b) для облегчения сотрудничества в отношении международной координации ММО, в частности в осуществлении деятельности Всемирной службы Международной морской организации (ИМО)/ВМО метеорологической и океанографической информации и предупреждений (ВСМОИП);
c) для облегчения сотрудничества между Всемирной службой погоды (ВСП) и ММО;
d) для обеспечения надлежащей однородности и стандартизации практик и процедур, используемых для вы ...
PermalinkThe Stakeholders Workshop for the WMO Coastal Inundation Forecasting Demonstration Project in Fiji (CIFDP-FSW) was held at the conference room of the Tanoa International Hotel, Nadi, Fiji. This was the kick-off of the national sub-project of CIFDP in Fiji (CIFDP-F), of which the Phase 1 was sponsored by the Korea International Cooperation Agency (KOICA), and implemented by WMO in collaboration with the Fiji Meteorological Service (FMS).
PermalinkThe Eighth JCOMM-TCP Workshop on Storm Surge and Wave Forecasting (SSW-8) was held at the Institute for Meteorological Training and Research (IMTR), Nairobi, Kenya, from 19 to 23 November 2012.
This series of workshop is co-organized by the Joint WMO-IOC Technical Commission for Oceanography and Marine Meteorology (JCOMM) and the WMO Tropical Cyclone Programme (TCP), with a view to enhancing capacities of the National Hydrological and Meteorological Services (NMHSs) in providing necessary forecasting and warning services against natural marine hazards that complement b ...
PermalinkAn international workshop on wave prediction and hazard assessment in coastal areas sponsored by the U.S. Army Engineer Research and Development Center’s Coastal and Hydraulics Laboratory, Environment Canada, WMO/IOC Joint Technical Commission for Oceanography and Marine Meteorology (JCOMM).
PermalinkWorld Meteorological Organization (WMO) ; United Nations Educational, Scientific and Cultural Organization (UNESCO); Intergovernmental Oceanographic Commission (IOC) - WMO, 2012The focus of the GIP 2012 remains the GCN and the datasets that result from this network. The new plan calls for two significant upgrades to the GCN motivated by scientific and operational requirements.
Permalinkssued annually since 2006, the Arctic Report Card (hereafter the Report Card) is a timely and peer-reviewed source for clear, reliable and concise environmental information on the current state of the Arctic relative to historical records. The Report Card is intended for a wide audience, including scientists, teachers, students, decision-makers and the general public interested in the Arctic environment and science.
Comprising 20 essays on different topics in the physical and biological sciences, the Report Card is organized into five sections: Atmosphere; Sea Ice & Ocean; Marin ...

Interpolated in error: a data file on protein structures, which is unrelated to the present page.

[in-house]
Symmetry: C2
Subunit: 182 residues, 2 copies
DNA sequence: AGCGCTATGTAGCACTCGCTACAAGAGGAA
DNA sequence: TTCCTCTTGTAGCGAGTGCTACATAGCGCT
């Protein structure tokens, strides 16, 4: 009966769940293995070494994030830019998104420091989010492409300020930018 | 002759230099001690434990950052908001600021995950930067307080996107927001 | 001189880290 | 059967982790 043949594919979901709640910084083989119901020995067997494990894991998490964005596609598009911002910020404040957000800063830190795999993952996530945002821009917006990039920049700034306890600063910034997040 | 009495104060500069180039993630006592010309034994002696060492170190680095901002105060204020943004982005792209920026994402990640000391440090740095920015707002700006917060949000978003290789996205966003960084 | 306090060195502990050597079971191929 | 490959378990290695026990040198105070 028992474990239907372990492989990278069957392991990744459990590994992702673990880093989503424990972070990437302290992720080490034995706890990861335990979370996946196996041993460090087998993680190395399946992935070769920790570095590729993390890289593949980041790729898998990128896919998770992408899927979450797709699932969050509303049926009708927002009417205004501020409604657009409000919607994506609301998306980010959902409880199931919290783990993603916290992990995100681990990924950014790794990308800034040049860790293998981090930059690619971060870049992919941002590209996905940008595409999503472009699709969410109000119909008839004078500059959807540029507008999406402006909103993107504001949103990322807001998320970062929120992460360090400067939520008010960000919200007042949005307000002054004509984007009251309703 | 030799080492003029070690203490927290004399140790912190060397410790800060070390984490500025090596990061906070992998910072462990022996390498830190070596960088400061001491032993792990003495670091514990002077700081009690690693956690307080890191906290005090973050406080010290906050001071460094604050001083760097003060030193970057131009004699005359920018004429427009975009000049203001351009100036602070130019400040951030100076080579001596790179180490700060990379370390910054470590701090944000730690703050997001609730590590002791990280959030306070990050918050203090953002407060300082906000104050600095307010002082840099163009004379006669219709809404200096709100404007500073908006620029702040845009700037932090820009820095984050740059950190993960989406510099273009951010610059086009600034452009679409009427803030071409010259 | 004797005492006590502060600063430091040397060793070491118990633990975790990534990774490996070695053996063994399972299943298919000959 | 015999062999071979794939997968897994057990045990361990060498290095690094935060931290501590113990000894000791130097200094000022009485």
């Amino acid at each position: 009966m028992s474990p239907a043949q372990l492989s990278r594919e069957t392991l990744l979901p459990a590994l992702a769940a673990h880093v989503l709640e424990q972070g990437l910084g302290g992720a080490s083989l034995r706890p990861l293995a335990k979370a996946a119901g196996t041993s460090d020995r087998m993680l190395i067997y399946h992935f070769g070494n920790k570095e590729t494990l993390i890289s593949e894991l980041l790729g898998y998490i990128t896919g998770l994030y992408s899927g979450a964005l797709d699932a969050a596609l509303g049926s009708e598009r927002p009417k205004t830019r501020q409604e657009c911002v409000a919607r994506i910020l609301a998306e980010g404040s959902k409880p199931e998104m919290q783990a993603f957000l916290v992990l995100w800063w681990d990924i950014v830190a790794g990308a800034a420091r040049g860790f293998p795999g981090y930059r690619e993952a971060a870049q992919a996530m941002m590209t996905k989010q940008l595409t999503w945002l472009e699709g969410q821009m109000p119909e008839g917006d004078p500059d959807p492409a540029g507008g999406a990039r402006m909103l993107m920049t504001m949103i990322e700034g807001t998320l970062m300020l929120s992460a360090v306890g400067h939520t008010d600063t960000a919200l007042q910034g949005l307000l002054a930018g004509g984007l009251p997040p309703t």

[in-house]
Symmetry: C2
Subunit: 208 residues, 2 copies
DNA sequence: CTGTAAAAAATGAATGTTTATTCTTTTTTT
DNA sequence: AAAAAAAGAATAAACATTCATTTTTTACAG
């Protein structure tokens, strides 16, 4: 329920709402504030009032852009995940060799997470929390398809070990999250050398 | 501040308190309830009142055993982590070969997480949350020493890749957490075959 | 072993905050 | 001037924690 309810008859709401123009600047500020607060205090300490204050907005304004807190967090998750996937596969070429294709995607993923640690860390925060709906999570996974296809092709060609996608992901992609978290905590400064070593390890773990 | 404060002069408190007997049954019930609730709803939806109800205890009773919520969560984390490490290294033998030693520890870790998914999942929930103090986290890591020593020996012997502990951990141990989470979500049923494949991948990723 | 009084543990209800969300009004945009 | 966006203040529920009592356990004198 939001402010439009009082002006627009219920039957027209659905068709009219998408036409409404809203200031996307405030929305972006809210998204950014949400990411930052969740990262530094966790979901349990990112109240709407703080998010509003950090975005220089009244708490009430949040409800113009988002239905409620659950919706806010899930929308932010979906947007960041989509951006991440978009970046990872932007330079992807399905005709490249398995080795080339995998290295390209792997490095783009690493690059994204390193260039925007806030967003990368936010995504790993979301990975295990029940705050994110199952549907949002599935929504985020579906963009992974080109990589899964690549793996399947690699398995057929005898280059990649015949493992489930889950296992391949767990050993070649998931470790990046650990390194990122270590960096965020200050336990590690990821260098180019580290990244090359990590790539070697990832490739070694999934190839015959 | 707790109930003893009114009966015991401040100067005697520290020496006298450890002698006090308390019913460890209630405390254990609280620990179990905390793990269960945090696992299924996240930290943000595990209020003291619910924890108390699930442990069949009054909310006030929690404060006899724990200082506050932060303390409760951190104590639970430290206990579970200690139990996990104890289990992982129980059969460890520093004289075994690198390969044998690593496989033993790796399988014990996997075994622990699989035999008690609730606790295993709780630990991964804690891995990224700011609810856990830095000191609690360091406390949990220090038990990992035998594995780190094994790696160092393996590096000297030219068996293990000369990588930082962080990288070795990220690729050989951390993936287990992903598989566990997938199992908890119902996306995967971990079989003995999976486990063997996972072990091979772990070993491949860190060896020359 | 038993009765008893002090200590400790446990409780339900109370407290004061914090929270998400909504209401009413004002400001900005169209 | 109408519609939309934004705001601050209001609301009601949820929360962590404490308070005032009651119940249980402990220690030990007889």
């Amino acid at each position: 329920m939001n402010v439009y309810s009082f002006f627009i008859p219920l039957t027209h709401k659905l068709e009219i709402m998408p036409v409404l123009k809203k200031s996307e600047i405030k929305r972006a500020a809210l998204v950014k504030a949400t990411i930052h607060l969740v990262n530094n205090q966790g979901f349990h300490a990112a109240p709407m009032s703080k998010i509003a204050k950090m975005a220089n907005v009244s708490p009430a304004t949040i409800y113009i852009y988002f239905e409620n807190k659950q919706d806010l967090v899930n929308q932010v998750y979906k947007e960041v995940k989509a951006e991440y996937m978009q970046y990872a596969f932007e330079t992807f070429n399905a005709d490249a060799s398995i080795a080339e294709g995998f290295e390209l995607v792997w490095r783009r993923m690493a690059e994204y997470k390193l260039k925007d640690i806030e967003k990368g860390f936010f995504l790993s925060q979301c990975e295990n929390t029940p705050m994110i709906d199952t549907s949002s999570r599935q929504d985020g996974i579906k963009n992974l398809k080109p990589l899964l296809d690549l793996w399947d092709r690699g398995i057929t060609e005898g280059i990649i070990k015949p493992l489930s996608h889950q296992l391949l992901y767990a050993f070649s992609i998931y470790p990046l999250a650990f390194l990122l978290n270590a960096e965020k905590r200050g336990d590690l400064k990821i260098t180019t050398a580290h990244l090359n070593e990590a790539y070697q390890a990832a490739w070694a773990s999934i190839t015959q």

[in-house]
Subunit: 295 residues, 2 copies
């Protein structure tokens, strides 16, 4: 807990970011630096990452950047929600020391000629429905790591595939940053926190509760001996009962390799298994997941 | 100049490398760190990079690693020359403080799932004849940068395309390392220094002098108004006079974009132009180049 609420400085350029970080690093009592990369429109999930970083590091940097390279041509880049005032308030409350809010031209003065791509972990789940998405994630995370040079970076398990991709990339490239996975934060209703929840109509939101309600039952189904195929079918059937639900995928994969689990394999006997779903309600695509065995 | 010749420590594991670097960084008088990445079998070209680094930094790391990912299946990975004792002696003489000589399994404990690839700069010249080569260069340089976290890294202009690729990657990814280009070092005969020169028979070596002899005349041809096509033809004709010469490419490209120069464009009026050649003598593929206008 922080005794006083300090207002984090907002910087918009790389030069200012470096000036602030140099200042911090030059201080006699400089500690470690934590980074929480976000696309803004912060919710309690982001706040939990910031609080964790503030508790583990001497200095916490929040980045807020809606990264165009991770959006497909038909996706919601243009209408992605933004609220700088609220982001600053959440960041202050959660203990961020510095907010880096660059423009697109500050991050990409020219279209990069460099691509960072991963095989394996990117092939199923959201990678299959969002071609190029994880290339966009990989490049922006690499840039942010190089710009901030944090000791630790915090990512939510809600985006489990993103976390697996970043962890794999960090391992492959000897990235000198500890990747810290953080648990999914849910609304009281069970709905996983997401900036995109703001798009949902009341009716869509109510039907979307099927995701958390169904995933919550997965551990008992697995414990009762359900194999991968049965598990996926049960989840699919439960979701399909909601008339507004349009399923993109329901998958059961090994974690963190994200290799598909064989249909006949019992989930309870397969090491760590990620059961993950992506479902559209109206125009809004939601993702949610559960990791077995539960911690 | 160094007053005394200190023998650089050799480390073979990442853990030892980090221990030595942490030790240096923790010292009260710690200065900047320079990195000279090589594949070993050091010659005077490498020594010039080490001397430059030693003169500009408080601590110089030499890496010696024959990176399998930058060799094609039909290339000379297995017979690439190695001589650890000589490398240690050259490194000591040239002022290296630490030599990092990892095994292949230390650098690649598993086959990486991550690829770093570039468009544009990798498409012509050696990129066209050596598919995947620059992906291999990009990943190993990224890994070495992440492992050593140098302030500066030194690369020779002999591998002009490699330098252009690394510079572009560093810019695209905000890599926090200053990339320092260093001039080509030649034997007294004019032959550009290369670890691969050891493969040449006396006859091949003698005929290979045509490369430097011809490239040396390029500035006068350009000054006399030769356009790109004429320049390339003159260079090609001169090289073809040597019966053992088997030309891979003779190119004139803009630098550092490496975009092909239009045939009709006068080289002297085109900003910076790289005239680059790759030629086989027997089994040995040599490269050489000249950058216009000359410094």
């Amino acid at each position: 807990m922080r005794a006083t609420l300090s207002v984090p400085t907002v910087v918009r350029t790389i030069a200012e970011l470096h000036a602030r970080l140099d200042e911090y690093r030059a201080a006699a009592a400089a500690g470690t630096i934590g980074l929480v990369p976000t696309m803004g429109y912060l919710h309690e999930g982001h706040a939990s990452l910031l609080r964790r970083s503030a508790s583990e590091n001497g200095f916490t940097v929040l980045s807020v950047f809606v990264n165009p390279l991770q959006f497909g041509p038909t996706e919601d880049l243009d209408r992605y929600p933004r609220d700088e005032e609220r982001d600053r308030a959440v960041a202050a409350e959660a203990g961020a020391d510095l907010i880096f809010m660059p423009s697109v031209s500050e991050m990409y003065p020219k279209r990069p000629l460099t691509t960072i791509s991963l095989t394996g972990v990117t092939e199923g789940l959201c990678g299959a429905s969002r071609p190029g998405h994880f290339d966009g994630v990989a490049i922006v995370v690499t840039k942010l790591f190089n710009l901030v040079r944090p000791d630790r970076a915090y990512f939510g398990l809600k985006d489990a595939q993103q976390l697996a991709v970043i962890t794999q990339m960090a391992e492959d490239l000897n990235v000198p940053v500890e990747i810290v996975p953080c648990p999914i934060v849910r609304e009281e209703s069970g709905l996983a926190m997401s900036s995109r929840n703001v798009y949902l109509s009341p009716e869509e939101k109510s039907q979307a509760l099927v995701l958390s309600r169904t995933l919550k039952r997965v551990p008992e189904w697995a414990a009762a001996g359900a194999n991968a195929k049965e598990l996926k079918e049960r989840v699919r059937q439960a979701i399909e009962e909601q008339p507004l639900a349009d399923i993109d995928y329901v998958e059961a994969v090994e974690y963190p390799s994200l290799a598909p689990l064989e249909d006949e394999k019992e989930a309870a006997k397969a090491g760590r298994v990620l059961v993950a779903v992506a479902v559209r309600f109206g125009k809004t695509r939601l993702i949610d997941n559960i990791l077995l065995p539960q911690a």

PermalinkWorld Meteorological Organization (WMO) ; Intergovernmental Oceanographic Commission (IOC) - WMO, 2012 (WMO-No. 1093)
PermalinkScientific evidence indicates that global warming could well lead to a sea-level rise of 1 meter or more in the 21st century. This paper seeks to quantify how a 1-meter sea-level rise that would affect coastal wetlands in 76 developing countries and territories, taking into account how much of wetlands would be submerged and how likely the wetlands would move inland as the coastline recedes. It is estimated that approximately 64 percent of the freshwater marsh, 66 percent of Global Lakes and Wetlands Database coastal wetlands, and 61 percent of brackish/saline wetlands are at risk. A large per ...
PermalinkFollowing the advice of the XV Session of the Association, the TT-SPAP developed the regional Operating Plan by compiling the tasks in the Work Programmes of the Working Groups. Thus, the Operating Plan contains concrete tasks and deliverables aimed at assisting RA VI Members to implement their national plans for further development of their NMHSs and improvement of the provision of meteorological, hydrological and climatological services for supporting their national economies and the society. The RA VI Operating Plan is intended to be a living document regularly monitored and adjusted as nec ...
PermalinkThe effects of global environmental change, including coastal flooding stemming from storm surges as well as reduced rainfall in drylands and water scarcity, have detrimental effects on countries and megacities in the costal regions worldwide. Among these, Bangladesh with its capital Dhaka is today widely recognised to be one of the regions most vulnerable to climate change and its triggered associated impacts. Natural hazards that come from increased rainfall, rising sea levels, and tropical cyclones are expected to increase as climate changes, each seriously affecting agriculture, water & fo ...